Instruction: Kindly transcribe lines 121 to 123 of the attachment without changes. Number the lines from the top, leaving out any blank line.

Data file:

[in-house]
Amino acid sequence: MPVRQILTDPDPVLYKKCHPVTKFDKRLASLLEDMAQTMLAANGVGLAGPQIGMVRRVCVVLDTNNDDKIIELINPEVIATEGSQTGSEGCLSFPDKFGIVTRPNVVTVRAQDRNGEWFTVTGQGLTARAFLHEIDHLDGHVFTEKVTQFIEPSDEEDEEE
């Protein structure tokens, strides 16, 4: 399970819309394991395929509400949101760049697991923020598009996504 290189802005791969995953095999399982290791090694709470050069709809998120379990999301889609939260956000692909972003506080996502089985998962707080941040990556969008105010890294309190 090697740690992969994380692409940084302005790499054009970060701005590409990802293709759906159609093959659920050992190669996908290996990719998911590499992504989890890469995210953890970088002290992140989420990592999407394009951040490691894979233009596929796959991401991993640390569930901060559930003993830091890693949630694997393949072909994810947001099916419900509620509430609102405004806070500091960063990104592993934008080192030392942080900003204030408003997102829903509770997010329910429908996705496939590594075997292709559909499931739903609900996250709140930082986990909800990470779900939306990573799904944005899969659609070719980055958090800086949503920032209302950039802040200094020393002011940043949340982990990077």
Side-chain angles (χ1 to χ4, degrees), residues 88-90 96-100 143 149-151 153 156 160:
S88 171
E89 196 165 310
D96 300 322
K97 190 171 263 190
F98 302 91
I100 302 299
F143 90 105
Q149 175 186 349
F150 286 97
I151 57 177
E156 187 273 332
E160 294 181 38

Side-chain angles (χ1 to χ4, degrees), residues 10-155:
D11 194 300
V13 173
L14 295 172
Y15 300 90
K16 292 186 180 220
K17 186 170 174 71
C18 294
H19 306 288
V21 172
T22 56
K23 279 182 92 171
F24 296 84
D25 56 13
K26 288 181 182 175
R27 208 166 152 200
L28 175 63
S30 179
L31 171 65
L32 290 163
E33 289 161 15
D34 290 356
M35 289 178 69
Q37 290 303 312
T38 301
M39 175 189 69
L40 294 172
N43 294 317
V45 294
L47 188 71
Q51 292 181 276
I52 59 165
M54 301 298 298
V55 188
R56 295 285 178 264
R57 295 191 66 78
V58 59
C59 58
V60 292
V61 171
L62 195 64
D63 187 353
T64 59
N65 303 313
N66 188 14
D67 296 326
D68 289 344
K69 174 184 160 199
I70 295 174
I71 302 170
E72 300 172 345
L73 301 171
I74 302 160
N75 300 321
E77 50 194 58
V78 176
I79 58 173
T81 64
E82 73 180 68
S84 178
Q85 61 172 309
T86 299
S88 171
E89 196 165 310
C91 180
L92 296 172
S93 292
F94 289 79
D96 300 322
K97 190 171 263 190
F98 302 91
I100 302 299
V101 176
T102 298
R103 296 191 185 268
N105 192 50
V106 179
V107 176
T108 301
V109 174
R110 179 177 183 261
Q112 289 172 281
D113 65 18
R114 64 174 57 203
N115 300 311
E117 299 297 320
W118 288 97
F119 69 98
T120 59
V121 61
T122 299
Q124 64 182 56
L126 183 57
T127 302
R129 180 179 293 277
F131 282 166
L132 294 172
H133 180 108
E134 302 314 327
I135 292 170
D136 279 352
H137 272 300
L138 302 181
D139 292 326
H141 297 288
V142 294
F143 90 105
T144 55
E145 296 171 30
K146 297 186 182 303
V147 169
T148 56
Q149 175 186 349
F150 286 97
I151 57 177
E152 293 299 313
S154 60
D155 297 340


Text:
H141 297 288
V142 294
F143 90 105